18. Was honored recently to fish " Captain Bouncer", a local legend and IGFA Hall of Fame member out of Flamingo on a trip meant for baby tarpon... Bouncer (Randy Smith) has finally retired from a fifty year career as a charter captain where he helped his anglers set many world records... When I first got a job as a mate on charter boats - he was one of the first guys to provide a pointer or two for this young green mate back in 1973 so I've known him for years.  At any rate we found a few fish then caught and released them on both spinning and fly fishing gear that day .  Here's a pic of Bouncer and I hope to see him on my skiff again...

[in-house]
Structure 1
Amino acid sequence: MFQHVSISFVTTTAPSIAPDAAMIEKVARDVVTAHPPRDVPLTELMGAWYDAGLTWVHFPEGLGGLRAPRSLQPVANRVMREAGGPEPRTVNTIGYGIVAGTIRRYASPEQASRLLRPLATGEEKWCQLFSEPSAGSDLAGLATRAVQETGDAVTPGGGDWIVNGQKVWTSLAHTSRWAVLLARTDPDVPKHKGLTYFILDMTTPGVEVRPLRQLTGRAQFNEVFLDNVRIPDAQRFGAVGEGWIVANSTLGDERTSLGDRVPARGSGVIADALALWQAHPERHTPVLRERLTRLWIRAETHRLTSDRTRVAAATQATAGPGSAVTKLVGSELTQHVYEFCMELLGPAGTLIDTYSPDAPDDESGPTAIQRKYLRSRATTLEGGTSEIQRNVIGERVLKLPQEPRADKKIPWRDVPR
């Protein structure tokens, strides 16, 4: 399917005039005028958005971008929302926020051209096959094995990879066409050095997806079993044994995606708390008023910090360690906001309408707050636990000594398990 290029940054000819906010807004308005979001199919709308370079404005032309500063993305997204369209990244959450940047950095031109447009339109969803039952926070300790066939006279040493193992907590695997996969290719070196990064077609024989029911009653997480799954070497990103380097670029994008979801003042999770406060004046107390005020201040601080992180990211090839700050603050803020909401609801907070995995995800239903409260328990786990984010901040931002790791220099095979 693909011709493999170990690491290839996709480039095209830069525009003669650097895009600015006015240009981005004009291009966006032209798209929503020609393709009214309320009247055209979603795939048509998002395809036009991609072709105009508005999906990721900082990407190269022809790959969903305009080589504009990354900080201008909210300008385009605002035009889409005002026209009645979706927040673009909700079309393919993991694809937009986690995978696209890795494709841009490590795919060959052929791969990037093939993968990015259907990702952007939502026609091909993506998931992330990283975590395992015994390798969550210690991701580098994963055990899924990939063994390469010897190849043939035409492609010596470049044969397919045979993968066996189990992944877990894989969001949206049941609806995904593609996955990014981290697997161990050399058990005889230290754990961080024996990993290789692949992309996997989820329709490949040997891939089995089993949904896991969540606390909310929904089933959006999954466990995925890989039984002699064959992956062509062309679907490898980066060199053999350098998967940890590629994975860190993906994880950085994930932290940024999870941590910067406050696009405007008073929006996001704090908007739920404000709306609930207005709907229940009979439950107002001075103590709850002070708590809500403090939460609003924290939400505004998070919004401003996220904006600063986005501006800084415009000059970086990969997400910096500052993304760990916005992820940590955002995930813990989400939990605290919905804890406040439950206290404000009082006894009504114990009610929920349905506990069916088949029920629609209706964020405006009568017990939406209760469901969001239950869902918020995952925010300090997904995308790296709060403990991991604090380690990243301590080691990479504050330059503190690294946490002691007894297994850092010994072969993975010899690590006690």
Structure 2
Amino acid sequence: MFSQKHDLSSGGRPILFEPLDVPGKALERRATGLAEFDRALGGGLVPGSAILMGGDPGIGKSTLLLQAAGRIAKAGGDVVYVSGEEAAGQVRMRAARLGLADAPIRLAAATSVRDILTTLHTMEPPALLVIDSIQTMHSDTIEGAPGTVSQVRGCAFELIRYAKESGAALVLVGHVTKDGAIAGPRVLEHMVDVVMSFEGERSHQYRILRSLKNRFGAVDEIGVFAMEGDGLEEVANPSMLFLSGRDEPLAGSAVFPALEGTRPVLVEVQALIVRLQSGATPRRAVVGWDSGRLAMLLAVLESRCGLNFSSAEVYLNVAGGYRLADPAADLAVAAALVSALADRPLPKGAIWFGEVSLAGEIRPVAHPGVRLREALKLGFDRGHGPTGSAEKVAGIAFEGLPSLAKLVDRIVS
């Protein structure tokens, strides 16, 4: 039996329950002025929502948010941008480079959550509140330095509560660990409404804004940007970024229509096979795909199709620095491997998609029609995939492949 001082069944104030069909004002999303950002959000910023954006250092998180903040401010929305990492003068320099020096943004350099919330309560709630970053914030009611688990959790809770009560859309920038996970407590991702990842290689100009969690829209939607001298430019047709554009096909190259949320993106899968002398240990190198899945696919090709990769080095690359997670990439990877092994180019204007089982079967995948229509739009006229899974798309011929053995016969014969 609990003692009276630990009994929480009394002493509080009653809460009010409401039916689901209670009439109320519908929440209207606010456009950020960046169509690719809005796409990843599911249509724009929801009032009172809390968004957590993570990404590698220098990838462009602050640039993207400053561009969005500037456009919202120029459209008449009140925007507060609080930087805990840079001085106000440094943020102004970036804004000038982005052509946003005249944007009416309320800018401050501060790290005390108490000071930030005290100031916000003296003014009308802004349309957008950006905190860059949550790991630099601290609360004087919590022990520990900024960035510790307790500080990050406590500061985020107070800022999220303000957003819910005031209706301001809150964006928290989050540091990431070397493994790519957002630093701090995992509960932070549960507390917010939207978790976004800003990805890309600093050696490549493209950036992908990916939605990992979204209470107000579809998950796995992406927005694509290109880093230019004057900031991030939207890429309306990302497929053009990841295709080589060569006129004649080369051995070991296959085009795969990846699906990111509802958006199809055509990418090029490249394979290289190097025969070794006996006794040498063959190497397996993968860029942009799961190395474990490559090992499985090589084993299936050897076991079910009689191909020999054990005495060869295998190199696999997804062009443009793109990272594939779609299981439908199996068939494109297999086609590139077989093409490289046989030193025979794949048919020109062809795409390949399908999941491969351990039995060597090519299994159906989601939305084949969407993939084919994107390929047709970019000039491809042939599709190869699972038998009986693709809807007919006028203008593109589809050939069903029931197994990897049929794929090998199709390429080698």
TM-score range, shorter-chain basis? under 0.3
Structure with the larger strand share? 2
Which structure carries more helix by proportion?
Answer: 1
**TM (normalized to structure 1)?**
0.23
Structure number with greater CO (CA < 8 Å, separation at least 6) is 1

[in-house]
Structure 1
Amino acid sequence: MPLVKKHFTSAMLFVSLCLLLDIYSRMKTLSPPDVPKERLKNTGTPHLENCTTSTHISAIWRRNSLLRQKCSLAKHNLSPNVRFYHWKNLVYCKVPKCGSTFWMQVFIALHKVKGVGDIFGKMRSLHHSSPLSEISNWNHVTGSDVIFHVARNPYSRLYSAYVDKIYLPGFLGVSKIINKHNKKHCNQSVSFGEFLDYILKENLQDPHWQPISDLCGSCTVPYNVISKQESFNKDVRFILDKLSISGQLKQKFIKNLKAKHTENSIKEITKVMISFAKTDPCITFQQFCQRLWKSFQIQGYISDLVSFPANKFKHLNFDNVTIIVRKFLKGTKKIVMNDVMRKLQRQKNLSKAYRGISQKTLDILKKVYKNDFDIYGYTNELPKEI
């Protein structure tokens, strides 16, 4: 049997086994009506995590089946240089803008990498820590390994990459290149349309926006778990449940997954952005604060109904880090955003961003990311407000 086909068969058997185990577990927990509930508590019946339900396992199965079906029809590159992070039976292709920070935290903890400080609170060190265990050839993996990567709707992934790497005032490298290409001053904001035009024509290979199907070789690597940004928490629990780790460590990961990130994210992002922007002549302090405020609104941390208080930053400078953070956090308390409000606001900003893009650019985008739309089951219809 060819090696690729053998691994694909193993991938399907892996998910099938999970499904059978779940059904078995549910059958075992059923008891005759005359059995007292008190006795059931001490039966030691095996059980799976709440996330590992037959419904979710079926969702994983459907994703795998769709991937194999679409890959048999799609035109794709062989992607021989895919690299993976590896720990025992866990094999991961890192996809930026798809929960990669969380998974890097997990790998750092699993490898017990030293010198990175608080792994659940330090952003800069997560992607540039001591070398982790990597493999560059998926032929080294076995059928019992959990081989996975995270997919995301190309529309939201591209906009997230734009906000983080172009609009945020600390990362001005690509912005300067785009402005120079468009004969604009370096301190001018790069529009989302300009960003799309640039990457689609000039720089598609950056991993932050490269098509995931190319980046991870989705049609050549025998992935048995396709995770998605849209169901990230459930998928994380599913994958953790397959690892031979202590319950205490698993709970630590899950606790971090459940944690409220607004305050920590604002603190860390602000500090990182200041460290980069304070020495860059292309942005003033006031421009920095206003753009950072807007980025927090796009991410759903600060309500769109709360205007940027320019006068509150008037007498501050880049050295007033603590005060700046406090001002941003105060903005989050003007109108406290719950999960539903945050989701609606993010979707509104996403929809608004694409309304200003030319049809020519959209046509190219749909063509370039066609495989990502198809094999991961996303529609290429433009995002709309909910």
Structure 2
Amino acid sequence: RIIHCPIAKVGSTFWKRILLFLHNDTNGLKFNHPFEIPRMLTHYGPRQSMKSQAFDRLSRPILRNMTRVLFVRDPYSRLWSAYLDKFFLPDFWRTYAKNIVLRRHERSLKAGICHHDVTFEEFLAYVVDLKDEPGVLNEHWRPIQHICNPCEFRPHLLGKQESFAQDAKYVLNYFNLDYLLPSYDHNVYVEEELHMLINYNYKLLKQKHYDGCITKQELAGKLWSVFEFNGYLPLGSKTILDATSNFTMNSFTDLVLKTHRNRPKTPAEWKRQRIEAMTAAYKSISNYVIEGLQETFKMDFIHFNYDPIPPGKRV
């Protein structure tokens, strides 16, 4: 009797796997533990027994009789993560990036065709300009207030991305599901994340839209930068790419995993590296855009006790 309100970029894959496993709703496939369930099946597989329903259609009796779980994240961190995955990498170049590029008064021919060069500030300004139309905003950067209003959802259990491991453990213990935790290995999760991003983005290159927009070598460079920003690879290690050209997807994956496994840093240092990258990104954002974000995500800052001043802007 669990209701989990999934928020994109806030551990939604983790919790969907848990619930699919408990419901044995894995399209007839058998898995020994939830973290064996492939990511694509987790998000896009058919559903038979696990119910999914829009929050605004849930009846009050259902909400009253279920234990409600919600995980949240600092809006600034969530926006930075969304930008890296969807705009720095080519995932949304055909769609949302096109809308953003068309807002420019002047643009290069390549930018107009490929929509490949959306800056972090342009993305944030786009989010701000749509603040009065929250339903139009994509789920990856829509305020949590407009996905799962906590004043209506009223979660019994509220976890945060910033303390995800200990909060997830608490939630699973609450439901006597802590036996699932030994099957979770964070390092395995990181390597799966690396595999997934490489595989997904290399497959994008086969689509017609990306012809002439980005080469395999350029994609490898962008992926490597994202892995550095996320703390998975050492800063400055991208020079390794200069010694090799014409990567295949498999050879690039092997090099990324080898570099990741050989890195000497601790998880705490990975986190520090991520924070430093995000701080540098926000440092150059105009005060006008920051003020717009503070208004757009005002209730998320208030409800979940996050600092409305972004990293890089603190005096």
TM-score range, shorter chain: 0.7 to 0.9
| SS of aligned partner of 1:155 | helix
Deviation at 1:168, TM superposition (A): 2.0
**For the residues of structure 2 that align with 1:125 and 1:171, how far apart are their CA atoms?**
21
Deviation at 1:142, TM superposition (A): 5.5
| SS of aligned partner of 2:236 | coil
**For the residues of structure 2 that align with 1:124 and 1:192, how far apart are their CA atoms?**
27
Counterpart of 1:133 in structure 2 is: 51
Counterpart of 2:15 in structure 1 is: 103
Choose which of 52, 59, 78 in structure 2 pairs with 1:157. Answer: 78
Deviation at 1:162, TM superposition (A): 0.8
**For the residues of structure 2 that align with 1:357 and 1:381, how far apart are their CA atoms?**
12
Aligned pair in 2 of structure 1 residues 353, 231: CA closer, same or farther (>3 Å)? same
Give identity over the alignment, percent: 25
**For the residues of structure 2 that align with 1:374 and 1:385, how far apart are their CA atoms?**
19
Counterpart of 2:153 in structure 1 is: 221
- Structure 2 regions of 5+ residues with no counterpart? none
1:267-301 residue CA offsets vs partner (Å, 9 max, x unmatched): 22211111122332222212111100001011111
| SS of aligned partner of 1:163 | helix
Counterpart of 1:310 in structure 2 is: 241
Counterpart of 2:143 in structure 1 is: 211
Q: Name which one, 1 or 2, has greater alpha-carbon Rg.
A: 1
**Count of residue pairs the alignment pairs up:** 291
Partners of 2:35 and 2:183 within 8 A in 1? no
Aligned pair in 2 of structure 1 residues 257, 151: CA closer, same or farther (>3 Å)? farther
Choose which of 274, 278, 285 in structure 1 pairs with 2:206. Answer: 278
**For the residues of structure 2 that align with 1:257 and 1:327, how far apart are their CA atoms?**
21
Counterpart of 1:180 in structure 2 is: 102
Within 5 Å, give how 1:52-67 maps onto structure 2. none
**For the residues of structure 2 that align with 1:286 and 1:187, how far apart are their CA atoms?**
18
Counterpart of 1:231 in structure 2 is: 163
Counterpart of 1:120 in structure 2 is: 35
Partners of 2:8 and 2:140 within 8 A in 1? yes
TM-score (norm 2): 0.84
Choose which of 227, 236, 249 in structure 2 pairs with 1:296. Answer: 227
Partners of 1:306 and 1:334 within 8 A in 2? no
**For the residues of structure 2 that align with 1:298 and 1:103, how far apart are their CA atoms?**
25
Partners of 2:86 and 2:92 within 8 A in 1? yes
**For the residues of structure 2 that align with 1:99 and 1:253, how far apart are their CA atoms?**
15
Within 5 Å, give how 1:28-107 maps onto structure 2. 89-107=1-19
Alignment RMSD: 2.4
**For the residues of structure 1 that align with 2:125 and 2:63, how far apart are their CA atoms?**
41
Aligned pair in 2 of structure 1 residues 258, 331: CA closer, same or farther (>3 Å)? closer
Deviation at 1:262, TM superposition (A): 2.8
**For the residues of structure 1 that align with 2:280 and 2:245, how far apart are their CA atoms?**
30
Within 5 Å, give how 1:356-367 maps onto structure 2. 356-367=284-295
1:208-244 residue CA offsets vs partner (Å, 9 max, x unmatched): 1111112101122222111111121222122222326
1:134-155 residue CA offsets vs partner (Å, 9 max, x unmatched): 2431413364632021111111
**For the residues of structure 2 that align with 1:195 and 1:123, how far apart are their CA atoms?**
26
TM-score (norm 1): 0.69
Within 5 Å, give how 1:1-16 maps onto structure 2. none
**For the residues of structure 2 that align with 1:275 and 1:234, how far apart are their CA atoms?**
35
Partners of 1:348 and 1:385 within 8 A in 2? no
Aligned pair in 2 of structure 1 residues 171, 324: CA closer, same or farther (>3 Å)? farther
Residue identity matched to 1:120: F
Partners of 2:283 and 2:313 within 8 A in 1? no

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    that day we started out with small popping bugs then went to small white streamers...

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    the SpeedBug, a small popper with a soft foam head from Perfect Popper and #1 Mustad 34007 hook

    4SSXs4c.jpg

    My version of Norm's Crystal Schminnow on a  #4 Mustad 34007 hook